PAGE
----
• Inherited immune deficiencies
  • AIDS
  • Obesity (women)
  • Methotrexate (used to treat rheumatoid arthritis, RA)
  • Helicobacter pylori bacteria (gastric lymphoma)

Medications/Treatment

"Treatment varies for NHL depending on the type of lymphoma. In general, fast-growing tumors can be cured but require aggressive treatment; whereas, slow-growing tumors often cannot be cured, but the clinical course is chronic and the therapy is often reserved until symptoms develop. Localized disease may be treated with radiation, whereas disseminated disease requires radiation and chemotherapy."[2] Information about the drugs used in the treatment of NHL can be found at this link: Non-Hodgkin's Lymphoma Medication. [6]

Common Chemotherapy Drug Treatments
"The most common chemotherapy combination is CHOP (cyclophosphamide, doxorubicin, vincristine & prednisone). Another combination omits the doxorubicin (because of the effects on the heart) and is called CVP. Other agents include chlorambucil, fludarbine, & etoposide. Since many risk factors for NHL are associated with a reduced immune system, immune modulators, such as interferon and monoclonal antibodies, have been employed to combat NHL."[2]

"Combining the monoclonal antibody rituximab (Rituxan)[7] with chemotherapy (CHOP) has produced high rates of response and is the treatment of choice for many NHLs. Clinical studies suggest that the immune modulator rituximab may alter the sensitivity of B-cell lymphoma to chemotherapy as well as induce apoptosis and cause the lysis of B cells."[2]

"Bone marrow transplant (BMT) may be used for patients who replace or do not completely respond to treatment (which often occurs with aggressive lymphomas). Combined with intensive chemotherapy, BMT can be curative. In 2002, 4,300 BMTs were performed."[2]

"For some lymphomas, chemotherapy becomes palliative because of an inability to overcome drug resistance within the lymphoma cells; attempts at overcoming specific drug resistance mechanisms have had limited success. Other strategies involve the use of antigen-presenting cells for taking up, processing, & presenting tumor protein in a vaccine strategy. This may provide a new tumor cells that persist following therapy. Radioimmunotherapy, radioactive labeling of a monoclonal antibody, is also under investigation to provide targeted therapy & provide tumor-free grafts for transplant."[2]

"The optimal management of women with NHL who are pregnant requires special considerations because of the poor prognosis without treatment. Treatment during the first trimester should be avoided due to the risk of harm to the fetus, but the patient should receive chemotherapy during the second and third trimester despite the potential risk to the fetus."[2]

[8]

Diagnostic Tests/Lab Tests/Lab Values

  • Physical Exam & History: An exam of the body to check general signs of health, including checking for signs of disease, such as lumps or anything else that seems unusual. A history of the patient's health habits and past illnesses and treatments will also be taken.[4]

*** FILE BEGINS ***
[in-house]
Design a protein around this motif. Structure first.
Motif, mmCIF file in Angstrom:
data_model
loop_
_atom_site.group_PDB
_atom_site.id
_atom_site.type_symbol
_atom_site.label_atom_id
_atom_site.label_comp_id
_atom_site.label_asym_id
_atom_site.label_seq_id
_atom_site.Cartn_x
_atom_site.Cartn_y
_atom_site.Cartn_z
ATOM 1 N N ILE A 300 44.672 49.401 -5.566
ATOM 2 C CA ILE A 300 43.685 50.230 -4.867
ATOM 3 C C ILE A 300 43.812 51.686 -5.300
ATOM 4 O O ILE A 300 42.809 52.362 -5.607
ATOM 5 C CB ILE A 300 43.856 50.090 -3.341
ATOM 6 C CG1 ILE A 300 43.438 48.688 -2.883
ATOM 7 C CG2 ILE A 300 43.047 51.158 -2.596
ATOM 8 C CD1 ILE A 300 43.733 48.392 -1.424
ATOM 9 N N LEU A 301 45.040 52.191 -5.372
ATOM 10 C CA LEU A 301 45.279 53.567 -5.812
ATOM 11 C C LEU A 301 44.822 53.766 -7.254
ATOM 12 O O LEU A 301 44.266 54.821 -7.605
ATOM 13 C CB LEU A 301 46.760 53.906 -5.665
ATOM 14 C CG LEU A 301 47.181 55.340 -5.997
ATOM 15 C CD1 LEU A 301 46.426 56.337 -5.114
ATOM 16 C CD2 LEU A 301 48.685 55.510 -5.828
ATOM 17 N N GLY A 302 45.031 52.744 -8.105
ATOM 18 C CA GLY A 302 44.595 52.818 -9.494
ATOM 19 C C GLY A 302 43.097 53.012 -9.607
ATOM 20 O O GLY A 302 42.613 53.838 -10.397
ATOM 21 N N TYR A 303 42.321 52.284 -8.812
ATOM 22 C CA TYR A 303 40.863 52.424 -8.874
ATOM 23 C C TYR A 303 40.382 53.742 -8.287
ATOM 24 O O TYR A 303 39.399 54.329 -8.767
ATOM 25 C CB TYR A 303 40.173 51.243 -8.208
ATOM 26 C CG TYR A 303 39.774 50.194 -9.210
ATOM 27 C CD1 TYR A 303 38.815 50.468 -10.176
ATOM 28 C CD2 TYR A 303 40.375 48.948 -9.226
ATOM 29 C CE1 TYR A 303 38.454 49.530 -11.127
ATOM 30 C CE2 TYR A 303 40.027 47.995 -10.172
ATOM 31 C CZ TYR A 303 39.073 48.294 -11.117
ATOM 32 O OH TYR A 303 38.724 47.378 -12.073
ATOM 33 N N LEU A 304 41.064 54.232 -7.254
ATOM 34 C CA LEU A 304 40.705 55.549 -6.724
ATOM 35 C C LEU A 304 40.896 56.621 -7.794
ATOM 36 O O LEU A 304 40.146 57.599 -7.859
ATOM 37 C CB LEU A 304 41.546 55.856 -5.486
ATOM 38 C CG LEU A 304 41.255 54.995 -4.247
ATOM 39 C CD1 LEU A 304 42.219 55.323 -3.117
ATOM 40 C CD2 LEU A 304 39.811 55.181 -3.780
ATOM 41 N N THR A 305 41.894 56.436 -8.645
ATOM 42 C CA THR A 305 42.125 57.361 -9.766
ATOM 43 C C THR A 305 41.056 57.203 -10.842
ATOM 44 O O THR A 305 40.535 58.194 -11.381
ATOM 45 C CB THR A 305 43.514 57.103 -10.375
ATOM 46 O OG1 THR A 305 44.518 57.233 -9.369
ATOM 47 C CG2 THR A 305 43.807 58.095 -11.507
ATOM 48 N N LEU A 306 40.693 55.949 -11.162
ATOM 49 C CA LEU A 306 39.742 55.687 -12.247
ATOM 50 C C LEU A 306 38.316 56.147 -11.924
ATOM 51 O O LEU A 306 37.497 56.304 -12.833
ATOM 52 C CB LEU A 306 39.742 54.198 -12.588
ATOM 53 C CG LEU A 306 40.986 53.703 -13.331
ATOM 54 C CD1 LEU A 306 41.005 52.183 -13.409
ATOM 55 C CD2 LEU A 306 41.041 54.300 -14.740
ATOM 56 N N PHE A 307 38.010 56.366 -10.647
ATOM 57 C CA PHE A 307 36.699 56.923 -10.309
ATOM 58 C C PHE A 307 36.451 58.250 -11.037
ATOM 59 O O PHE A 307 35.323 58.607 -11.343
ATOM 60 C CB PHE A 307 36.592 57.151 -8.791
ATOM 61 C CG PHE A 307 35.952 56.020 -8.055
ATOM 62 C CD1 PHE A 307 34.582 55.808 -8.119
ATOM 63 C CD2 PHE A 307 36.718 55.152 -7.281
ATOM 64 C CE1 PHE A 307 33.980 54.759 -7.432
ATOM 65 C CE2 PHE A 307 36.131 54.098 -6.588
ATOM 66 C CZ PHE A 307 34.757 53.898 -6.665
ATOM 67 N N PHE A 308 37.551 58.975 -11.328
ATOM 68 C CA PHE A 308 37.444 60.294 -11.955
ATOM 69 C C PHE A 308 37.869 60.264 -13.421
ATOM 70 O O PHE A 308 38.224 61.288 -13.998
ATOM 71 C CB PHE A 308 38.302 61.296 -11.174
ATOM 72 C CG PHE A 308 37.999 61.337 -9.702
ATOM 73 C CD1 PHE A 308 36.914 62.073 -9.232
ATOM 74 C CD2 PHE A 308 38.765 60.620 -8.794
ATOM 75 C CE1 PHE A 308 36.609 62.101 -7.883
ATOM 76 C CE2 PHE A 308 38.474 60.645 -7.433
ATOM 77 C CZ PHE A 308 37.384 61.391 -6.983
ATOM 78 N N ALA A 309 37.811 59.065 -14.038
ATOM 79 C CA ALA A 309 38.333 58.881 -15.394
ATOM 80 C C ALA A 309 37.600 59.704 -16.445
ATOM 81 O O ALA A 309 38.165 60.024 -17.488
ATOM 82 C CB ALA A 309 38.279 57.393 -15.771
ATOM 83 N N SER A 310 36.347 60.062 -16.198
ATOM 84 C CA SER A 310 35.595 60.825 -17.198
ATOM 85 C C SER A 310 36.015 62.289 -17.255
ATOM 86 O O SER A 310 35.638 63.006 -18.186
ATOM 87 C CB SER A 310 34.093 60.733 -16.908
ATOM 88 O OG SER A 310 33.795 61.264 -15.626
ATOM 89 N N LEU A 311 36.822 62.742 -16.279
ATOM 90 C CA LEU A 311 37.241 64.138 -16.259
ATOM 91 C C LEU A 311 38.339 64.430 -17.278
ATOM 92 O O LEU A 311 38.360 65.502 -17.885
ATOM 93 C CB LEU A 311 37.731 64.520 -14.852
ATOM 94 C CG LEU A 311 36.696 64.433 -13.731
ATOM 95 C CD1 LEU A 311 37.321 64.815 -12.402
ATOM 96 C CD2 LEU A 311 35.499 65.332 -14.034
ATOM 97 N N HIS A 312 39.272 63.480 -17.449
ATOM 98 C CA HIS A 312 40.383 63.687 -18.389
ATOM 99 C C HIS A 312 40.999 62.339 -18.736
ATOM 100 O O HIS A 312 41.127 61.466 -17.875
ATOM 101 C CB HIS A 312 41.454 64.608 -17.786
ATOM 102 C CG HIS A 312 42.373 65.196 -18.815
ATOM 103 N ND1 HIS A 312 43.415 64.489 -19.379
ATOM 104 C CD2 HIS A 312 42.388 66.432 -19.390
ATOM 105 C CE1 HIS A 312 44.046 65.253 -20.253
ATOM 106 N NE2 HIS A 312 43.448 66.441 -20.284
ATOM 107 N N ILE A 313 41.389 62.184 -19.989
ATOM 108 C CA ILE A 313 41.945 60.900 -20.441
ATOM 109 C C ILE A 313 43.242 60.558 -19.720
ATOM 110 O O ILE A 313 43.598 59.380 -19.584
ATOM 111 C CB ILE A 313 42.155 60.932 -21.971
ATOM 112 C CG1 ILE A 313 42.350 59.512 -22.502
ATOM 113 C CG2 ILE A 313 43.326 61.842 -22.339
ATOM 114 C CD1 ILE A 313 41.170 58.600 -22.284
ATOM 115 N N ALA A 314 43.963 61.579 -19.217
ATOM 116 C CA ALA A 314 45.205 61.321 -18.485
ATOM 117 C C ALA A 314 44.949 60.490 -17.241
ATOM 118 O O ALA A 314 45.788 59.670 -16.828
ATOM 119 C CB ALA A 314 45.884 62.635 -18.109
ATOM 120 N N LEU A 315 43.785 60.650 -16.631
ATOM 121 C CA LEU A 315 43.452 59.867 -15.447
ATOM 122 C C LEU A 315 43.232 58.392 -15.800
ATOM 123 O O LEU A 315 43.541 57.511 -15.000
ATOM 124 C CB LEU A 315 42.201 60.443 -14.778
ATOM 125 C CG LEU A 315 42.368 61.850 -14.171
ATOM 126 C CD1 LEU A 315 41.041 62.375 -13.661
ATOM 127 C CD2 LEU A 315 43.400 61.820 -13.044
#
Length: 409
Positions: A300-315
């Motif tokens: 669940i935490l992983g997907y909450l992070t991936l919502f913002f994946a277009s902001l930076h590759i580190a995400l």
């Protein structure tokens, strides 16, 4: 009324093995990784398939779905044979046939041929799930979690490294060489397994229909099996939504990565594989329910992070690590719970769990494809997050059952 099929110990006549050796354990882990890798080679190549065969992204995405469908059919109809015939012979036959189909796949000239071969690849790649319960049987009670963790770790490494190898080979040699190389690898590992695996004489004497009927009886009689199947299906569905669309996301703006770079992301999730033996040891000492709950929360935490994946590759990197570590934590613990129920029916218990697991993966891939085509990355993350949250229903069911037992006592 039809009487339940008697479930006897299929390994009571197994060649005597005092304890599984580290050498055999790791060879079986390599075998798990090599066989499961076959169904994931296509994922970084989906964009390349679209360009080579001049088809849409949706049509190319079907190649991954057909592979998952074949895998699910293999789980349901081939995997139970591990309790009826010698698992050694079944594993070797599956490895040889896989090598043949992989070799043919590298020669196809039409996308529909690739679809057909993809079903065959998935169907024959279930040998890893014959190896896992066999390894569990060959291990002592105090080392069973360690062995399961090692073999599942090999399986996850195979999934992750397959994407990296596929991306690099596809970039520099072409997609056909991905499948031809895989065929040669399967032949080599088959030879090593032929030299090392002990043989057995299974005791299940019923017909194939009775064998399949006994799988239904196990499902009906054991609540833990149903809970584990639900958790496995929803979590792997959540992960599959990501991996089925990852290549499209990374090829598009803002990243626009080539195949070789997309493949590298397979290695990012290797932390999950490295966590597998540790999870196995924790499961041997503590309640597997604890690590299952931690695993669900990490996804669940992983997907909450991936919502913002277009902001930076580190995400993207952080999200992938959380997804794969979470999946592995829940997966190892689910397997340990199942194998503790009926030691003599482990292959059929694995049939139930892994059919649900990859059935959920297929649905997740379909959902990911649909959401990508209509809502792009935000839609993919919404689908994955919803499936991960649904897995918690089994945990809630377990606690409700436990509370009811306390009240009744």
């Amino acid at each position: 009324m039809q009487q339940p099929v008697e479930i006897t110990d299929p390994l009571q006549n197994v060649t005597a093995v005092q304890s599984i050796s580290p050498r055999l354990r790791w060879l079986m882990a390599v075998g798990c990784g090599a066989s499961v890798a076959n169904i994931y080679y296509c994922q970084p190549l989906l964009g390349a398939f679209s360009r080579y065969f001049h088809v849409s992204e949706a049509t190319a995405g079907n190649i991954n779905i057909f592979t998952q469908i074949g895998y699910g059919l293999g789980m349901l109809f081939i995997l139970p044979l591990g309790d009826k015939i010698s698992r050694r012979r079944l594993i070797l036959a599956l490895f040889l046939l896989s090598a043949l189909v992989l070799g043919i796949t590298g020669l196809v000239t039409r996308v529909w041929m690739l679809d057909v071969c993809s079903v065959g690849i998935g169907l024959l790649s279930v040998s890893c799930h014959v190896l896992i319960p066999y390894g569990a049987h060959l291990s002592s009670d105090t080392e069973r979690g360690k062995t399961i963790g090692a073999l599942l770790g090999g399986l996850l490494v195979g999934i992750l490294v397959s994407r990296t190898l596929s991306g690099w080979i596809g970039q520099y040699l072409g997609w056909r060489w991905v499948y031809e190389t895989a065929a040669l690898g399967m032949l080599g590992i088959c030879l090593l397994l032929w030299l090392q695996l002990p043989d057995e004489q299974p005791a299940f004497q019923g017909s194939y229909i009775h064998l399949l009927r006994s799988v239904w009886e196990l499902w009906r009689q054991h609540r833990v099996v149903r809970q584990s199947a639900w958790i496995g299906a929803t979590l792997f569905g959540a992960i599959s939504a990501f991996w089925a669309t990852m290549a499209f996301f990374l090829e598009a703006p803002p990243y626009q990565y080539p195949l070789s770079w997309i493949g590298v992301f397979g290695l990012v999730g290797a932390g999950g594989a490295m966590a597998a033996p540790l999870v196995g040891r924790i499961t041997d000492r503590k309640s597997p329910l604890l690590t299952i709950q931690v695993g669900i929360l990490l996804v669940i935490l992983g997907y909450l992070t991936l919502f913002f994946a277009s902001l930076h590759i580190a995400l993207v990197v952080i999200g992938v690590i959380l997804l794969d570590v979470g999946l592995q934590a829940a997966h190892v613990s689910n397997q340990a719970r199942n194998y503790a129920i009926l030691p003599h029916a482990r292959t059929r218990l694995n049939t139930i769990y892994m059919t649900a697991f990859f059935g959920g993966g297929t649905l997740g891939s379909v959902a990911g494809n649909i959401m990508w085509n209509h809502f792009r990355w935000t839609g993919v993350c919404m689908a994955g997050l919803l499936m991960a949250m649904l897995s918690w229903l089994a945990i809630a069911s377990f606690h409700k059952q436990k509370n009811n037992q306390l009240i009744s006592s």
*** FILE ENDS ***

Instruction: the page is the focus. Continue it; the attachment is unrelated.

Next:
• Complete Blood Count (CBC):[4] includes the: number of red blood cells, white blood cells & platelets, amount of hemoglobin in the red blood cells, proportion of blood that is made up of RBCs
  • Blood Chemistry Studies: blood sample is checked to measure the amount of certain substances released into the blood by organs & tissues in the body. An abnormal count can be associated with a sign of disease in the organ or tissue.[4]
  • Lymph Node Biopsy: is viewed by a pathologist to look for cancer cells.[4]
  • Bone Marrow Aspiration & Biopsy: is the removal of bone marrow, blood & a small piece of bone from the hip or breastbone.[4]
  • Liver Function Tests: the blood is checked for the enzyme lactate dehydrogenase (LDH). LDH levels help determine the prognosis and chance of recovery.[4]

"Accurate diagnosis is important because of the other clinical conditions that can mimic malignant lymphomas (infection, tuberculosis, SLE, lung & bone cancer). Molecular genetic techniques that take advantage of the clonal nature of this malignancy are now being used to better characterize & diagnose the lymphomas. A biopsy is required to confirm the underlying cause of persistent enlargement of lymph nodes present."[2]

"CT scans of the chest, abdomen and pelvis are helpful in staging, while MRI is used to image the brain and spinal cord. Bone marrow may be examined for staging and peripheral blood may be tested, but blood abnormalities are not present until the disease is in an advanced stage. If clinical symptoms warrant, a lumbar puncture for spinal fluid may be performed. Immunohistochemistry, flow cytometry or cytogenetic testing is often done to distinguish one type of NHL from another."[2]

"The gallium scan using radiotracer, gallium-67, uptake is 85% to 90% accurate to predict residual disease after chemotherapy and is able to differentiate between active tumor tissue and fibrosis. PET imaging is becoming more widespread and can be performed to aid in the initial diagnosis and help ascertain if a lymph node is malignant or benign. PET is also used following chemotherapy (frequently along with CT) to determine if the lymphoma is reduced in size and the treatment is effective."[2]

Causes

"Most lymphomas start in a type of white blood cells called B lymphocytes, or B cells. For most patients, the cause of this cancer is unknown. According to the American Cancer Society, a person has a 1 in 50 chance of developing non-Hodgkin's lymphoma. High-risk groups includes those who have received an organ transplant or who have a suppressed immune system."[3]

"Several possible etiologic mechanisms are hypothesized for NHL. Immunosuppression, possibly in combination with viruses or exposure to certain infectious agents, could be the primary cause."[1] The other causes may be related to the associated risk factors.

Prognosis